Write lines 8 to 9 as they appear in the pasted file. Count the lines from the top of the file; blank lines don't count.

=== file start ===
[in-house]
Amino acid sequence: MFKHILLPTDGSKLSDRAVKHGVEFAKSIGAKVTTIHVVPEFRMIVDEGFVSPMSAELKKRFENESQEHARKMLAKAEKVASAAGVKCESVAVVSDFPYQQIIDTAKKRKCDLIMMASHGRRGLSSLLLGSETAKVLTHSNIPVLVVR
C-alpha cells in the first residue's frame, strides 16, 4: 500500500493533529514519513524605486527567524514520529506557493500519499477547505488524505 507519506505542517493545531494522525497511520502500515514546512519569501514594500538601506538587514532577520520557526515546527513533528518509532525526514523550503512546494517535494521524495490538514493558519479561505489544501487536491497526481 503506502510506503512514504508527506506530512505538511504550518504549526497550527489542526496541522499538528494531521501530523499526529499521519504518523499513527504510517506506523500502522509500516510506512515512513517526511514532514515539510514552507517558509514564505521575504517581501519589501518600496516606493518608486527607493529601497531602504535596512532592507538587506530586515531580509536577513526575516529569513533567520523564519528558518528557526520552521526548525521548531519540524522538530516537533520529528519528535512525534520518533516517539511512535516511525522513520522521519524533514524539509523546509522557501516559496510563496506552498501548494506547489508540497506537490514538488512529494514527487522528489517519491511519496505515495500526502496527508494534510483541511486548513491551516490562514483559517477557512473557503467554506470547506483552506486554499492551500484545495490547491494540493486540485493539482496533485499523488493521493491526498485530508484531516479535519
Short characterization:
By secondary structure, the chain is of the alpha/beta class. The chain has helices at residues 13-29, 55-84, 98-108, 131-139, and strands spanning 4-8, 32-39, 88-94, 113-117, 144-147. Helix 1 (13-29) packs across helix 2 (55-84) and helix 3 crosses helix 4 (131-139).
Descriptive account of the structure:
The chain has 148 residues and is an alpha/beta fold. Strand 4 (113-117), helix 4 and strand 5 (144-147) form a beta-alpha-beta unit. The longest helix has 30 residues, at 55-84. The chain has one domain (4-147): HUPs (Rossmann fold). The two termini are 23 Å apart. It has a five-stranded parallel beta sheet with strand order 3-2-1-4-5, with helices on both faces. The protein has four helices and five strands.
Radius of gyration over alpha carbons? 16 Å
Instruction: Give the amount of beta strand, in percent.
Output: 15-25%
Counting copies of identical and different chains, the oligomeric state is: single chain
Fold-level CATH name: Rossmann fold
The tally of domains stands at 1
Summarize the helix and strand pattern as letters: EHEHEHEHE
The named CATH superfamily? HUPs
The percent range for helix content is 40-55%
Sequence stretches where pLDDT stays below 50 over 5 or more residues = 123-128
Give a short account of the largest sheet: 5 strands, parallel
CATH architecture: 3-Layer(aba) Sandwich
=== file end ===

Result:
Radius of gyration over alpha carbons? 16 Å
Instruction: Give the amount of beta strand, in percent.